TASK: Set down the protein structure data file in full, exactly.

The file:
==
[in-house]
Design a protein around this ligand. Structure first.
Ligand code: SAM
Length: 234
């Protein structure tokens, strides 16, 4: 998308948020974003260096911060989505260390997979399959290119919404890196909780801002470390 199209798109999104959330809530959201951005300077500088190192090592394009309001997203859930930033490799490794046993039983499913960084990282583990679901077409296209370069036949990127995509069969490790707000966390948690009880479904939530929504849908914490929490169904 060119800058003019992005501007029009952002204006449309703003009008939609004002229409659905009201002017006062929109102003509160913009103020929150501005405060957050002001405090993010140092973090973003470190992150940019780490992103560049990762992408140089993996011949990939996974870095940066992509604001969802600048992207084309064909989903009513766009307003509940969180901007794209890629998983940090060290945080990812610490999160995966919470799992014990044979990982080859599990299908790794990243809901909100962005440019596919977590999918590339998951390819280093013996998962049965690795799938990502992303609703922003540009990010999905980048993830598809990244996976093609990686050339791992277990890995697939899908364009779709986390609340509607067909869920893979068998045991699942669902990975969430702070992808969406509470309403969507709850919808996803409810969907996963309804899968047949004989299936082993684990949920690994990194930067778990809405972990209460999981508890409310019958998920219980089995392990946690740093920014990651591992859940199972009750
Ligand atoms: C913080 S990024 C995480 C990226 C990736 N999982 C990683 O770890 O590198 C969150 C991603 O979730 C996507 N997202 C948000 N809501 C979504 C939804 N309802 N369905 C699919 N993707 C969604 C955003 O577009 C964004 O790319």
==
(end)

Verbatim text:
[in-house]
Design a protein around this ligand. Structure first.
Ligand code: SAM
Length: 234
């Protein structure tokens, strides 16, 4: 998308948020974003260096911060989505260390997979399959290119919404890196909780801002470390 199209798109999104959330809530959201951005300077500088190192090592394009309001997203859930930033490799490794046993039983499913960084990282583990679901077409296209370069036949990127995509069969490790707000966390948690009880479904939530929504849908914490929490169904 060119800058003019992005501007029009952002204006449309703003009008939609004002229409659905009201002017006062929109102003509160913009103020929150501005405060957050002001405090993010140092973090973003470190992150940019780490992103560049990762992408140089993996011949990939996974870095940066992509604001969802600048992207084309064909989903009513766009307003509940969180901007794209890629998983940090060290945080990812610490999160995966919470799992014990044979990982080859599990299908790794990243809901909100962005440019596919977590999918590339998951390819280093013996998962049965690795799938990502992303609703922003540009990010999905980048993830598809990244996976093609990686050339791992277990890995697939899908364009779709986390609340509607067909869920893979068998045991699942669902990975969430702070992808969406509470309403969507709850919808996803409810969907996963309804899968047949004989299936082993684990949920690994990194930067778990809405972990209460999981508890409310019958998920219980089995392990946690740093920014990651591992859940199972009750
Ligand atoms: C913080 S990024 C995480 C990226 C990736 N999982 C990683 O770890 O590198 C969150 C991603 O979730 C996507 N997202 C948000 N809501 C979504 C939804 N309802 N369905 C699919 N993707 C969604 C955003 O577009 C964004 O790319």